James G. Birney, the anti-slavery
nominee for the presidency of the United States, joined us in New York,
and was a fellow-passenger on the Montreal for England. He and my
husband were delegates to the World's Anti-slavery Convention, and both
interested themselves in my anti-slavery education. They gave me books
to read, and, as we paced the deck day by day, the question was the
chief theme of our conversation.
Mr. Birney was a polished gentleman of the old school, and was
excessively proper and punctilious in manner and conversation. I soon
perceived that he thought I needed considerable toning down before
reaching England. I was quick to see and understand that his criticisms
of others in a general way and the drift of his discourses on manners
and conversation had a nearer application than he intended I should
discover, though he hoped I would profit by them. I was always grateful
to anyone who took an interest in my improvement, so I laughingly told
him, one day, that he need not make his criticisms any longer in that
roundabout way, but might take me squarely in hand and polish me up as
speedily as possible. Sitting in the saloon at night after a game of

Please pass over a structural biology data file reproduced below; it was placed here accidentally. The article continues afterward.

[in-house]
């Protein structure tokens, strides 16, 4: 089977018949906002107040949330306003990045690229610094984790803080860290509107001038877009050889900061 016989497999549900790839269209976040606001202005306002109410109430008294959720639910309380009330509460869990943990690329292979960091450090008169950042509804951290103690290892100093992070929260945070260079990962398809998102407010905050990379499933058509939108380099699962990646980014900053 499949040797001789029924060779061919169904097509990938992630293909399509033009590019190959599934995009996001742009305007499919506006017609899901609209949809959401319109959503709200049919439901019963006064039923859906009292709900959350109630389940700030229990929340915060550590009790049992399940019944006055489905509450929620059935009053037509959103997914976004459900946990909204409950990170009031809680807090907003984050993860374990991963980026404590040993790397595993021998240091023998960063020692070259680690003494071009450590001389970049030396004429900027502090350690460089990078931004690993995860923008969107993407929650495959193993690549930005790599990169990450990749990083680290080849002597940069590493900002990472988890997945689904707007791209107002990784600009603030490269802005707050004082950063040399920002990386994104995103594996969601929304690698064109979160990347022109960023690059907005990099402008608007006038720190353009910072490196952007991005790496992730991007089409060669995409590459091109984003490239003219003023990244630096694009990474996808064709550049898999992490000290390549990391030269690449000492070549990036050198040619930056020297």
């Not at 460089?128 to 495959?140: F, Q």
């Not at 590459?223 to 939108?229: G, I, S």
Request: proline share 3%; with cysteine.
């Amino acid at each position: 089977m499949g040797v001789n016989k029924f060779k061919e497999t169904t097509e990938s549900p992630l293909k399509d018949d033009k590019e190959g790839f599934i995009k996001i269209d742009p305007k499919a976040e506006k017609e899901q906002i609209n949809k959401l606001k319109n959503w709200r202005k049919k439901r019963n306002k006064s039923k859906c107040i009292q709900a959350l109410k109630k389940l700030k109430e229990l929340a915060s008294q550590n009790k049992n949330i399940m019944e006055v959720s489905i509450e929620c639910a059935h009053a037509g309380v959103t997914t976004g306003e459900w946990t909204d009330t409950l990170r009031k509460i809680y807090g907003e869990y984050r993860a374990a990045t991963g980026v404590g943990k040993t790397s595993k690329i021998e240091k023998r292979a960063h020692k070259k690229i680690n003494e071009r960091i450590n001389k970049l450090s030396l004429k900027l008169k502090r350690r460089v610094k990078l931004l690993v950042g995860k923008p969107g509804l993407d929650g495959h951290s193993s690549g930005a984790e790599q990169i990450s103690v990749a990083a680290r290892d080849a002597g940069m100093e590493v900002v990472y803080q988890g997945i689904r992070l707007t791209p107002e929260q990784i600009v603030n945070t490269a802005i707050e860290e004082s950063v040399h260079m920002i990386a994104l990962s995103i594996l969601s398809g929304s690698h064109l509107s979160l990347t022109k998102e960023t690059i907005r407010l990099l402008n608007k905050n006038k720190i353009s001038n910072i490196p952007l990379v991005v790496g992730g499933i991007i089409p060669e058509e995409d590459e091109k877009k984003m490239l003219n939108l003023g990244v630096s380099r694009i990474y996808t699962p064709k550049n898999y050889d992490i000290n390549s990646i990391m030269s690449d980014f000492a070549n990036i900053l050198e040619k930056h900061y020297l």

chess, in which, perchance, I had been the victor, I felt complacent
and would sometimes say:
"Well, what have I said or done to-day open to criticism?"
So, in the most gracious manner, he replied on one occasion:
"You went to the masthead in a chair, which I think very unladylike. I
heard you call your husband 'Henry' in the presence of strangers, which
is not permissible in polite society. You should always say 'Mr.
Stanton.' You have taken three moves back in this game."
"Bless me!" I replied, "what a catalogue in one day! I fear my Mentor
will despair of my ultimate perfection."
"I should have more hope," he replied, "if you seemed to feel my rebukes
more deeply, but you evidently think them of too little consequence to
be much disturbed by them."
As he found even more fault with my husband, we condoled with each other
and decided that our friend was rather hypercritical and that we were as
nearly perfect as mortals need be for the wear and tear of ordinary
life. Being both endowed with a good degree of self-esteem, neither the
praise nor the blame of mankind was overpowering to either of us. As the
voyage lasted eighteen days--for we were on a sailing vessel--we had
time to make some improvement, or, at least, to consider all friendly
I was quite happy to find this link again. I came to speak of this relationship often but wasn't quite sure where it came from. This link gives a more definite source.